In Japan, and several other countries, household trash needs to be separated into various categories and those categories of trash are put outside for collection on predetermined days. Common categories may be metals, plastics, glass, combustible, noncombustible, etc. The main reason for this is to increase the amount of recycling and decrease the amount of trash that ends up in landfills.

Here in Qingdao though, all trash can be thrown out together on any day of the week. That makes life much simpler for the average household, who probably wouldn’t separate it anyway, and means that the trash is collected daily.

But, what about recycling? How can glass bottles, metal cans, plastic containers, paper, etc. be efficiently recycled if they are not separated before being collected? Surely this leads to much more usable resources ending up wasted in landfills?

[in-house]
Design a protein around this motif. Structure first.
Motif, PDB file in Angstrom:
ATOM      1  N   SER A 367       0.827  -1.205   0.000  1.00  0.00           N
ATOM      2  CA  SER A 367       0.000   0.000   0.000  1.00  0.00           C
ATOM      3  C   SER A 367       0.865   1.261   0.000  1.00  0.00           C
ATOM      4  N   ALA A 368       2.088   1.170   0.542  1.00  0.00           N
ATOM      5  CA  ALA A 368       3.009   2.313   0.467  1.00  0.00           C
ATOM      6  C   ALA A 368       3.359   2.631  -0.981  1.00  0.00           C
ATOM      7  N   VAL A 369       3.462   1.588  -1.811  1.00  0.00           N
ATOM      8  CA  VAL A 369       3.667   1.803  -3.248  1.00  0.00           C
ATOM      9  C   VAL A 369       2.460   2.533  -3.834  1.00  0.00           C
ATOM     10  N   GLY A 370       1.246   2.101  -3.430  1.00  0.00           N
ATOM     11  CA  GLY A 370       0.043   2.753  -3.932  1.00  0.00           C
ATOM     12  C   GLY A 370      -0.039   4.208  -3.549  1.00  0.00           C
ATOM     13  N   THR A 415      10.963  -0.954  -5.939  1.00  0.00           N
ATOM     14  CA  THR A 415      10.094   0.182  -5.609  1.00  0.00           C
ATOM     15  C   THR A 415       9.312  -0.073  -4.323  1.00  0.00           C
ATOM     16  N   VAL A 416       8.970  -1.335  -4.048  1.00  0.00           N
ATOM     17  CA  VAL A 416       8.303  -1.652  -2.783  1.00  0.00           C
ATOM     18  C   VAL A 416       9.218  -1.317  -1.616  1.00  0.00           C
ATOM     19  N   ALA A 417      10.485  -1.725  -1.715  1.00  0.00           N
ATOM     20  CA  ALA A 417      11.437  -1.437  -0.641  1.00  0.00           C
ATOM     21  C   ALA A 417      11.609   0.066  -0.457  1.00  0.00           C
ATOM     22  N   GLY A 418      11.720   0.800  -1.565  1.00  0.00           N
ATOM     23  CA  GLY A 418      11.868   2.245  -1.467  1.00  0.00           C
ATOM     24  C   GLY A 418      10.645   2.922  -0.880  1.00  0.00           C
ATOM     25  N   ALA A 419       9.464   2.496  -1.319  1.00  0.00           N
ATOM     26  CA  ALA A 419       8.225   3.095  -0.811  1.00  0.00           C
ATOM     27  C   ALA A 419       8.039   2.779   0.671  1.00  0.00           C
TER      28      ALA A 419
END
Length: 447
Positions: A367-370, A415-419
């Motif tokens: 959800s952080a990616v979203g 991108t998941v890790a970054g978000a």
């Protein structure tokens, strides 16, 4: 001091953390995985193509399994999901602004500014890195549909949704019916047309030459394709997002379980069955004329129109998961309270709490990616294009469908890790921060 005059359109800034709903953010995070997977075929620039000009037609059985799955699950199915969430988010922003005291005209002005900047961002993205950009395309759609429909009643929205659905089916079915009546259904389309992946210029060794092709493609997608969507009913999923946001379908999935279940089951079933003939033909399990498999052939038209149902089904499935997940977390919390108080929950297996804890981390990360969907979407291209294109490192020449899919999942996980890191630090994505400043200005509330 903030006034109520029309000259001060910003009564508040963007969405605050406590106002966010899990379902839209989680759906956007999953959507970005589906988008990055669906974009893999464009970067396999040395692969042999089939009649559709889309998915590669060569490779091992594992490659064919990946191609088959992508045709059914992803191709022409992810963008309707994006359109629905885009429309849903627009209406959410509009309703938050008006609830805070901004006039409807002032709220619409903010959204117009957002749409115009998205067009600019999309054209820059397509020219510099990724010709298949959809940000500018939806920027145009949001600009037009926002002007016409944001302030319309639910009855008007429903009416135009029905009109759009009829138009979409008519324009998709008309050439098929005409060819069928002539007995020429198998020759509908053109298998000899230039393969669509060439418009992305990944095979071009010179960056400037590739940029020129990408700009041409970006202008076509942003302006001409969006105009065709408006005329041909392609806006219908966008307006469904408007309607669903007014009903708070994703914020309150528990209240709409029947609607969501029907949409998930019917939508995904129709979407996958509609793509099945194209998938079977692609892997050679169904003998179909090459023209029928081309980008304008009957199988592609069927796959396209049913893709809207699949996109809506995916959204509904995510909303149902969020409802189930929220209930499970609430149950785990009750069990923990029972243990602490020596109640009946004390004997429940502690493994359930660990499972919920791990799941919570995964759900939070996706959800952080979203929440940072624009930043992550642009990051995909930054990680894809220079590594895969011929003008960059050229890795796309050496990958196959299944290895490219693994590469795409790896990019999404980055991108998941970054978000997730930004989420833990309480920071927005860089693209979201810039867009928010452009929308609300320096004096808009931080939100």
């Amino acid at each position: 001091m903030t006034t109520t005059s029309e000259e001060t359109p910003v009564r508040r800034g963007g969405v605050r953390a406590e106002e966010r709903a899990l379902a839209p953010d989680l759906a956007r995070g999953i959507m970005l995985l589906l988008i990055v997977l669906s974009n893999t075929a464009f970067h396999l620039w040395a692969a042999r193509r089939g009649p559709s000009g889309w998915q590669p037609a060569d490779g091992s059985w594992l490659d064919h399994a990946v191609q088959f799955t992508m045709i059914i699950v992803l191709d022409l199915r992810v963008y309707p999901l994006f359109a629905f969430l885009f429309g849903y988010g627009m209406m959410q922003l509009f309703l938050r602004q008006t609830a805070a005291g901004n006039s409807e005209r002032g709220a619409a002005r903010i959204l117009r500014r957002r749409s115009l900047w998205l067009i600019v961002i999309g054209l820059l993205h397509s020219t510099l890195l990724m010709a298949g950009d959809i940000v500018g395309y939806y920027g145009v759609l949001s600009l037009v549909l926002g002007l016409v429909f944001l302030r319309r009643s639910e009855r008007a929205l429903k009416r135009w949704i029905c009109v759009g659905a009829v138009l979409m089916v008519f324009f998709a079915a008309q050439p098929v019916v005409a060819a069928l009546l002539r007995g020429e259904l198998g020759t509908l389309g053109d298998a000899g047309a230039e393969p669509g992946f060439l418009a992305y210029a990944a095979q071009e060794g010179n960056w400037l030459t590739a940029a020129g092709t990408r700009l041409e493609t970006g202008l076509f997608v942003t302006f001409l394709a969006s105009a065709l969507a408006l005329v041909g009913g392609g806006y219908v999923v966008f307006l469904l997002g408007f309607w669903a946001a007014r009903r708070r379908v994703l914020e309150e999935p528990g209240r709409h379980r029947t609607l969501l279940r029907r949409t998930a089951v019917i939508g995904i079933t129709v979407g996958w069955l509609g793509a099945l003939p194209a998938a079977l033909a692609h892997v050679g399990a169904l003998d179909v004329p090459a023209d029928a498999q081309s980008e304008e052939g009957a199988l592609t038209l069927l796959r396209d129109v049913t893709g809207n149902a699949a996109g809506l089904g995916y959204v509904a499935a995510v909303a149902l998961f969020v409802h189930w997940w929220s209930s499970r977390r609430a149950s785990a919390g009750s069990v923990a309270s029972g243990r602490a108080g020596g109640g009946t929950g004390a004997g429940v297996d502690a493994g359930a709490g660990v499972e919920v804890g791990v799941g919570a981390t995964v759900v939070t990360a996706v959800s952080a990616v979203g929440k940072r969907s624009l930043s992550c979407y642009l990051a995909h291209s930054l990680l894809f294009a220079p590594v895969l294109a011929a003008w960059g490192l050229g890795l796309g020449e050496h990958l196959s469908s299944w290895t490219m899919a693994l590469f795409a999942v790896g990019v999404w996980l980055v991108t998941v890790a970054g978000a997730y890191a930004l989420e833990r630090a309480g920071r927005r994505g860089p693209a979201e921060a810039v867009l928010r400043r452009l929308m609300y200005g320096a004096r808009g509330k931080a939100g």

No, not here in Qingdao. There are many people whose job it is to collect a certain type of resource (aka trash). I’ve already explained to you about how I dispose of my empty beer bottles. There are also people that only collect plastic bottles, metal objects, paper, etc. Sometimes people will call them to collect those items, but a majority of their work consists of going through the public trash cans that can be found on most residential streets.

I can go out at 6:00pm in the evening and walk past dozens of trash cans overflowing with all manner of trash, and often with several plastic bags of trash surrounding them as the trash cans were already full. However, when I walk home at 11:00pm, those trash cans are near to empty; they are generally left with only those items that are of no value, can’t be recycled, and would end up in the landfill anyway.

At first, the site of people digging through the trash collecting plastic bottles seemed degrading and sad. However, on reflection, it is just society’s way of separating the trash, increasing recycling, and giving many people jobs. It doesn’t seem so bad after all.